Your Ultimate Guide to Exfoliating
For your best skin ever, don't skip this important step.
Exfoliation is an important part of any skincare regimen. It's the step where you can often see immediate results since it removes the superficial dead skin cells to reveal a fresh, radiant complexion underneath. Not to mention the fact that it unclogs pores and helps serums penetrate deeper for increased effectiveness. For many of us, our intro to exfoliation was that St. Ives Apricot Scrub from the late '90s (you know the one). But exfoliation has gotten much more sophisticated since then-and much gentler. Back then, more was more, in that we tended to strip our skin with rough exfoliators and alcohol toners in an effort to make our complexions "cleaner."
We now know, though, that less is sometimes more for healthy, glowing skin. Overdoing it can lead to redness, irritation, and peeling. Here, dermatologist Marnie Nussbaum, MD, and celebrity facialist Joanna Vargas, founder of Joanna Vargas Salons and Skincare, share everything you need to know for proper and effective exfoliation.
There are two types of exfoliators, mechanical (or physical) and chemical.
"A mechanical exfoliant would be something that physically scrubs the dead cells and surface dirt from the skin's surface," Vargas says. "Ingredients of a mechanical scrub could be anything granular we find in skincare products like sugar, salt, or volcanic ash." Physical exfoliation, Nussbaum adds, can also include in-office microdermabrasion machines and at-home scrub brushes, like the Clarisonic. Chemical exfoliants, by contrast, are made of alpha and beta hydroxy acids, like lactic, glycolic, mandelic, and salicylic acids, along with fruit enzymes. "They're chemicals meant to remove dead skin cells and resurface the skin, leaving it brighter," Vargas says. They basically dissolve the cement between the dead skin cells that are holding them together, so they more easily wash off, and you'll have faster skin cell turnover, Nussbaum says.
Physical and chemical exfoliation have lots of benefits.
Physical exfoliators keep pores cleaner and allow for products to penetrate better into the skin, while chemical exfoliation does that and more. Because it penetrates more deeply into the skin than physical, it also helps to even the skin tone and decrease sebum production, the appearance of pores, and fine lines, Nussbaum says. (And it helps prevent acne!)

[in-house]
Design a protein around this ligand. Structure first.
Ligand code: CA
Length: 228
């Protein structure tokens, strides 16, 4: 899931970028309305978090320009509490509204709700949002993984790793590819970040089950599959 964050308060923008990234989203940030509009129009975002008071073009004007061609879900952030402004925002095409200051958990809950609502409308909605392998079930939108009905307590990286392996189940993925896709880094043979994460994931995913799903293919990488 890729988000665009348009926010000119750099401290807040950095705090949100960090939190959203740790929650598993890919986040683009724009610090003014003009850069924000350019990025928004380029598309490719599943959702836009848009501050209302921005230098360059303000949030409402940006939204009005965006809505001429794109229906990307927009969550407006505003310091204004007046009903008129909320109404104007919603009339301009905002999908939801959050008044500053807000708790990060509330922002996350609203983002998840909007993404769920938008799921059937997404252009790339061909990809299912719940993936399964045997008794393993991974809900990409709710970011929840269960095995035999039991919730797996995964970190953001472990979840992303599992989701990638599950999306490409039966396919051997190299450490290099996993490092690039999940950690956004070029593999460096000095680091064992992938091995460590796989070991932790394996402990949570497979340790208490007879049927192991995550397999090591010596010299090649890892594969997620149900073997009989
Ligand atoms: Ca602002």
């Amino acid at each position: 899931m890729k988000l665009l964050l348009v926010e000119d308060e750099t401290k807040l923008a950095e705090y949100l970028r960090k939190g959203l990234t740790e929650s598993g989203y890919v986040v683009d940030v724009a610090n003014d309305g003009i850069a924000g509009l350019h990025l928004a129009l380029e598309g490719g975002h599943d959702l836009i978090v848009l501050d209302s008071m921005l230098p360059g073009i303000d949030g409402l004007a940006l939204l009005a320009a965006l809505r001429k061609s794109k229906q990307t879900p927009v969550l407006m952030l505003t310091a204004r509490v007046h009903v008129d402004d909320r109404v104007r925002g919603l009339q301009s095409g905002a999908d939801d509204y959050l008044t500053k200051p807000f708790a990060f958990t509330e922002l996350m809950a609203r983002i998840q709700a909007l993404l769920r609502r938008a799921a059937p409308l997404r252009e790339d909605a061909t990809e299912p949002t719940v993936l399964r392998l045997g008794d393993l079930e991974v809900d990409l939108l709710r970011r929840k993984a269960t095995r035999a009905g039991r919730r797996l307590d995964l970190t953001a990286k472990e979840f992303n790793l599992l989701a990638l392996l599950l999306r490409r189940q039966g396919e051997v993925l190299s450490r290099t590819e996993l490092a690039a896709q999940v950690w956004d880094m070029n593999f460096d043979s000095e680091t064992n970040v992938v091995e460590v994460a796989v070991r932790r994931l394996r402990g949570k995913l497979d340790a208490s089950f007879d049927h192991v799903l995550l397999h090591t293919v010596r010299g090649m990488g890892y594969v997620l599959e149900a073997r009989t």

But they also come with precautions.
With physical exfoliation, the softer and smaller the texture of the scrub the better, because scrubs that are too coarse can cause inflammation and microtears in the skin. If you have extremely sensitive skin, even gentle scrubs may be too harsh for you. "People with eczema tend to do better with chemical exfoliation," Vargas says, "and if you have acne it's better to use a chemical exfoliant so you don't spread bacteria. If you're using retinol, be careful with a mechanical exfoliator-it might be too harsh to use at the same time." In general, Vargas recommends using a physical exfoliator once a week in the winter and twice a week in the summer.
Vargas recommends using chemical exfoliators once or twice a week; Nussbaum says depending upon skin type, you can start with two to three times a week and go up as your skin can handle it. Moral of the story? It's all about what your skin can handle. But chemical exfoliators can be customized, as they come in different strengths. Glytone, for example, has a range of glycolic acid exfoliating serums.
Sometimes chemical and physical exfoliation can be combined into a single product.
Because why do one when you can do both? (Ever so gently, of course.) Nussbaum is a fan of Amorepacific Treatment Enzyme Peel Exfoliator, which is a powder that's activated by water. We also love Tatcha The Rice Polish, another powder, made of rice bran and papaya enzymes. And we're new fans of Joanna Vargas' Exfoliating Mask, which can be used as a scrub, a mask, or both!